Health Information and Tools > Health A-Z >  Sport and Recreation Safety for Children
Facebook Tweet Email Share
Print the content on this page Decrease the font size of content Increase the font size of content

Main Content

Sport and Recreation Safety


​​​​​​​​​​​Participating in sport and recreation activity is an excellent way for children aged 6 to 12 years to achieve the minimum 60 minutes per day of moderate to vigorous physical activity recommended by the Public Health Agency of Canada. Children who avoid major injury are more likely to continue being healthy and active for life.

Falls are the most common type of physical injury requiring medical care. Younger children age 5 to 9 are most often injured on playgrounds. Children age 9 to 12 are most likely to be injured during organized sport.

To reduce your child’s risk of being injured while taking part in sports and recreation make sure they are in a safe environment, are wearing the proper protective gear and have developed the minimal skills necessary to participate safely in their chosen activity. Don’t let your children do high-risk activities like jumping on trampolines because they could have a serious injury.

Safe Environments

Safe sport and recreation environments provide children with physical, emotional and psychological protection.

  • Physical protection means making sure ice surfaces and fields are kept in good playing condition. Playgrounds should meet the Canadian Paediatric Societies – Playground Safety. For more information on Playgrounds, take the Playground YES Test.
  • Physical protection also means children are properly supervised for age and activity. When your child participates in organized sports, an adult should have training in how to treat an injured child. Your child’s coach should know how to prevent and treat a concussion.
  • Emotional and psychological protection is also very important for children participating in sport and recreation. Coaches should be skilled and positive role models who help your child learn new skills in a supportive and caring environment. Insist on knowing about your coach’s background before allowing your child to play on organized sport teams. For more information on Child Protection in Sport click here.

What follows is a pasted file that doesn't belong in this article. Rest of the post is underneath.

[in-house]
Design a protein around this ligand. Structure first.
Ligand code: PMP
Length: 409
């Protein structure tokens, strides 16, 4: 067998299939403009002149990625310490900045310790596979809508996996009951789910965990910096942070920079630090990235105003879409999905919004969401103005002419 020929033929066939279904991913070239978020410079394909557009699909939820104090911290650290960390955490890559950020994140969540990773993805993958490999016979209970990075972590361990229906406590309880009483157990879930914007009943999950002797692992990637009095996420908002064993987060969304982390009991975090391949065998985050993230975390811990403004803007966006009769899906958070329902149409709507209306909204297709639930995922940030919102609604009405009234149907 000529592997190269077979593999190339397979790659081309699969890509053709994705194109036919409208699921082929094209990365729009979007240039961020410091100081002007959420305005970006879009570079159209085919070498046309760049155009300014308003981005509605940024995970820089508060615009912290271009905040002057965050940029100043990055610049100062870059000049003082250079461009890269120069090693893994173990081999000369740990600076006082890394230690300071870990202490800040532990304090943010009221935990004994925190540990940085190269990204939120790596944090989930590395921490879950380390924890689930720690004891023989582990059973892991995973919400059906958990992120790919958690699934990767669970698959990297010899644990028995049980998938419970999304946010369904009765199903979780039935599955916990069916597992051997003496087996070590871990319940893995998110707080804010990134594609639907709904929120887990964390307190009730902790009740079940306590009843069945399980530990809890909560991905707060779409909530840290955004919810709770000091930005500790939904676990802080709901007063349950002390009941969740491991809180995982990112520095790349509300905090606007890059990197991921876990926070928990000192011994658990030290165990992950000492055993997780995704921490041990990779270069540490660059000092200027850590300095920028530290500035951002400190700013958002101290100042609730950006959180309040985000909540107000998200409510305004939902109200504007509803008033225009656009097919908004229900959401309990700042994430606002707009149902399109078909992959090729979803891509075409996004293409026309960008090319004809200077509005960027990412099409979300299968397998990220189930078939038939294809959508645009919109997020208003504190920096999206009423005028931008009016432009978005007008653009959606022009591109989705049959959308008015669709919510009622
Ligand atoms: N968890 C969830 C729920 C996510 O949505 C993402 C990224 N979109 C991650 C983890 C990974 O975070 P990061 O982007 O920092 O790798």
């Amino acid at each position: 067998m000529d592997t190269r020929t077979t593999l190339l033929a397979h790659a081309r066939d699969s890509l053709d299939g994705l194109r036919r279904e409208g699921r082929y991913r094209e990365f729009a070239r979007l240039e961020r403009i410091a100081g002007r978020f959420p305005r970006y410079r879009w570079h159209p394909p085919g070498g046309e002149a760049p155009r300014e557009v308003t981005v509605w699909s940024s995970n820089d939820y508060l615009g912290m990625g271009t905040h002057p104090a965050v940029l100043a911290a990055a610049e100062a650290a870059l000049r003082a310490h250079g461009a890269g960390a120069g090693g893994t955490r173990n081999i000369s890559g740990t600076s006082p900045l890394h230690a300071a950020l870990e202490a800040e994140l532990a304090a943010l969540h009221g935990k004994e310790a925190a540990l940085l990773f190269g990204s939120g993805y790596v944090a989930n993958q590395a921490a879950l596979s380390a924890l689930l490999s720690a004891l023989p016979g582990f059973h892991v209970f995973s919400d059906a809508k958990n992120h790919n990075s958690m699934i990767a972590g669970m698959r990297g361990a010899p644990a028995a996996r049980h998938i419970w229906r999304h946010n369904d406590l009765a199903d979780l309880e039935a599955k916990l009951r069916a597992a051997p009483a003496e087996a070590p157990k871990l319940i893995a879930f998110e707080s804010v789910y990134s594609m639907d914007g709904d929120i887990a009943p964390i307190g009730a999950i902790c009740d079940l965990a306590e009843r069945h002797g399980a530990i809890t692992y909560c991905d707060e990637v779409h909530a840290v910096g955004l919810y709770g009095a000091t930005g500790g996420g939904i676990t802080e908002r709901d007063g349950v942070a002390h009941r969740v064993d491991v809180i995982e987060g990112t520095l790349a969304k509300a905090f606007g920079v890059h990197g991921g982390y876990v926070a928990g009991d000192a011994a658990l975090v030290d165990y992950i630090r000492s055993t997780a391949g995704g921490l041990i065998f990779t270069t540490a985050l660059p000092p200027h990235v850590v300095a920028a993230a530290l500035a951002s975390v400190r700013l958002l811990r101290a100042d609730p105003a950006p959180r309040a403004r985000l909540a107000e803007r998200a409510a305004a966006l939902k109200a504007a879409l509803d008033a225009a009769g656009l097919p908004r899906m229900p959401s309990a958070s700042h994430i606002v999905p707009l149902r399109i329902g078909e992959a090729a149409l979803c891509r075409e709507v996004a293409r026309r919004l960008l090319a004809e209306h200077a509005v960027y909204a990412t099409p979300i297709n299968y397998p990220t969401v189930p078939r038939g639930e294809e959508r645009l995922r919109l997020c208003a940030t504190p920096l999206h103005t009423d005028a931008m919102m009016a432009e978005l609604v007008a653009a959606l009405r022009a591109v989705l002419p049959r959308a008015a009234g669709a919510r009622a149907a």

Are Home Trampolines Safe?

  • Alberta Health Services and the Canadian Pediatric Society don’t recommend buying or using trampolines at home (including cottages and summer residences) for children and youth.
  • ​The risk of the trampoline is in the use of the trampoline. Parents may think that safety nets, most often sold with trampolines to prevent people from falling off, will reduce this risk, but in reality, fewer than 30% of trampoline injuries are caused by children falling off the trampoline.

Protective Gear

Children who don’t wear or use protective equipment are at more risk for sport-related injury. Get the right gear for each sport, make sure it fits, and make sure children wear it properly every time they play. For information on which helmet for which activity, click here.

Age-appropriate Activities and Training

Make sure that your child’s activities are appropriate for their age, physical ability, and thinking ability. Offer professional instruction, such as lessons for skating, skiing, or biking.

Current as of: March 13, 2017

Author: Provincial Injury Prevention Program, Alberta Health Services